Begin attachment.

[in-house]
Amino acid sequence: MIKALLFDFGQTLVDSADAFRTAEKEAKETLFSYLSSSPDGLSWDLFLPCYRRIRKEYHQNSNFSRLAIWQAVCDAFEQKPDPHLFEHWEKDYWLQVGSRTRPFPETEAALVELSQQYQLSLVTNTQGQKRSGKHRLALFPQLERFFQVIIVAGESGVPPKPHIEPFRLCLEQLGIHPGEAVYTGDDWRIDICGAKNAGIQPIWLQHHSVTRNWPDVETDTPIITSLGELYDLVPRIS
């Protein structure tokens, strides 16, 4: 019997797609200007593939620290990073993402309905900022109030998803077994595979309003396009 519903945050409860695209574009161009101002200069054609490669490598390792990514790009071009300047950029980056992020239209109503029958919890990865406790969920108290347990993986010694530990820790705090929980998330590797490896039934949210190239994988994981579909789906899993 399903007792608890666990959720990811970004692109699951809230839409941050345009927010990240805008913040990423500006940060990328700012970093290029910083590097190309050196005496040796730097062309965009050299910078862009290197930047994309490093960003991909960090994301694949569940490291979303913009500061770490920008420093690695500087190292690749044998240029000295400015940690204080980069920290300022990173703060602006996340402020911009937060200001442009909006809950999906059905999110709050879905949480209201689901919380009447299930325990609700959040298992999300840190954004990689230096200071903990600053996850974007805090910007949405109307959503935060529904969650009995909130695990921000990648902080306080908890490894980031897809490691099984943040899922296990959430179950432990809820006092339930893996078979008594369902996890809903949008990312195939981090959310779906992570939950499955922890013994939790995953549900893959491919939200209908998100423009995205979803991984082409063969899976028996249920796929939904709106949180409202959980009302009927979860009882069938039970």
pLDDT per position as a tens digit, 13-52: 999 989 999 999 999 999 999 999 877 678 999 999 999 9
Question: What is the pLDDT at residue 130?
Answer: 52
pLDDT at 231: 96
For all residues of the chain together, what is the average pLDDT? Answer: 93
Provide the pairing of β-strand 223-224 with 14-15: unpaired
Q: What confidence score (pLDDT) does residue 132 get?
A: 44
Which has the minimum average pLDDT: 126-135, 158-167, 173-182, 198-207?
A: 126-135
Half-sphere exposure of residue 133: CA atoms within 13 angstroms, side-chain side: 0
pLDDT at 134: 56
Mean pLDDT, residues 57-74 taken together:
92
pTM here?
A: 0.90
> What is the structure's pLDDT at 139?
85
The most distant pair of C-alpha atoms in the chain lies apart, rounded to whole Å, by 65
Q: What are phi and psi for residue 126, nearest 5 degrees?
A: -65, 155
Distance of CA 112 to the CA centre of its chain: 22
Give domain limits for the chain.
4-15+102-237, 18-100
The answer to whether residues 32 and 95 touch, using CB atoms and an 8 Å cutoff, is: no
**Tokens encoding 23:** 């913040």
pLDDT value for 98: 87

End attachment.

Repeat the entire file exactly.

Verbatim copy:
[in-house]
Amino acid sequence: MIKALLFDFGQTLVDSADAFRTAEKEAKETLFSYLSSSPDGLSWDLFLPCYRRIRKEYHQNSNFSRLAIWQAVCDAFEQKPDPHLFEHWEKDYWLQVGSRTRPFPETEAALVELSQQYQLSLVTNTQGQKRSGKHRLALFPQLERFFQVIIVAGESGVPPKPHIEPFRLCLEQLGIHPGEAVYTGDDWRIDICGAKNAGIQPIWLQHHSVTRNWPDVETDTPIITSLGELYDLVPRIS
């Protein structure tokens, strides 16, 4: 019997797609200007593939620290990073993402309905900022109030998803077994595979309003396009 519903945050409860695209574009161009101002200069054609490669490598390792990514790009071009300047950029980056992020239209109503029958919890990865406790969920108290347990993986010694530990820790705090929980998330590797490896039934949210190239994988994981579909789906899993 399903007792608890666990959720990811970004692109699951809230839409941050345009927010990240805008913040990423500006940060990328700012970093290029910083590097190309050196005496040796730097062309965009050299910078862009290197930047994309490093960003991909960090994301694949569940490291979303913009500061770490920008420093690695500087190292690749044998240029000295400015940690204080980069920290300022990173703060602006996340402020911009937060200001442009909006809950999906059905999110709050879905949480209201689901919380009447299930325990609700959040298992999300840190954004990689230096200071903990600053996850974007805090910007949405109307959503935060529904969650009995909130695990921000990648902080306080908890490894980031897809490691099984943040899922296990959430179950432990809820006092339930893996078979008594369902996890809903949008990312195939981090959310779906992570939950499955922890013994939790995953549900893959491919939200209908998100423009995205979803991984082409063969899976028996249920796929939904709106949180409202959980009302009927979860009882069938039970």
pLDDT per position as a tens digit, 13-52: 999 989 999 999 999 999 999 999 877 678 999 999 999 9
Question: What is the pLDDT at residue 130?
Answer: 52
pLDDT at 231: 96
For all residues of the chain together, what is the average pLDDT? Answer: 93
Provide the pairing of β-strand 223-224 with 14-15: unpaired
Q: What confidence score (pLDDT) does residue 132 get?
A: 44
Which has the minimum average pLDDT: 126-135, 158-167, 173-182, 198-207?
A: 126-135
Half-sphere exposure of residue 133: CA atoms within 13 angstroms, side-chain side: 0
pLDDT at 134: 56
Mean pLDDT, residues 57-74 taken together:
92
pTM here?
A: 0.90
> What is the structure's pLDDT at 139?
85
The most distant pair of C-alpha atoms in the chain lies apart, rounded to whole Å, by 65
Q: What are phi and psi for residue 126, nearest 5 degrees?
A: -65, 155
Distance of CA 112 to the CA centre of its chain: 22
Give domain limits for the chain.
4-15+102-237, 18-100
The answer to whether residues 32 and 95 touch, using CB atoms and an 8 Å cutoff, is: no
**Tokens encoding 23:** 């913040």
pLDDT value for 98: 87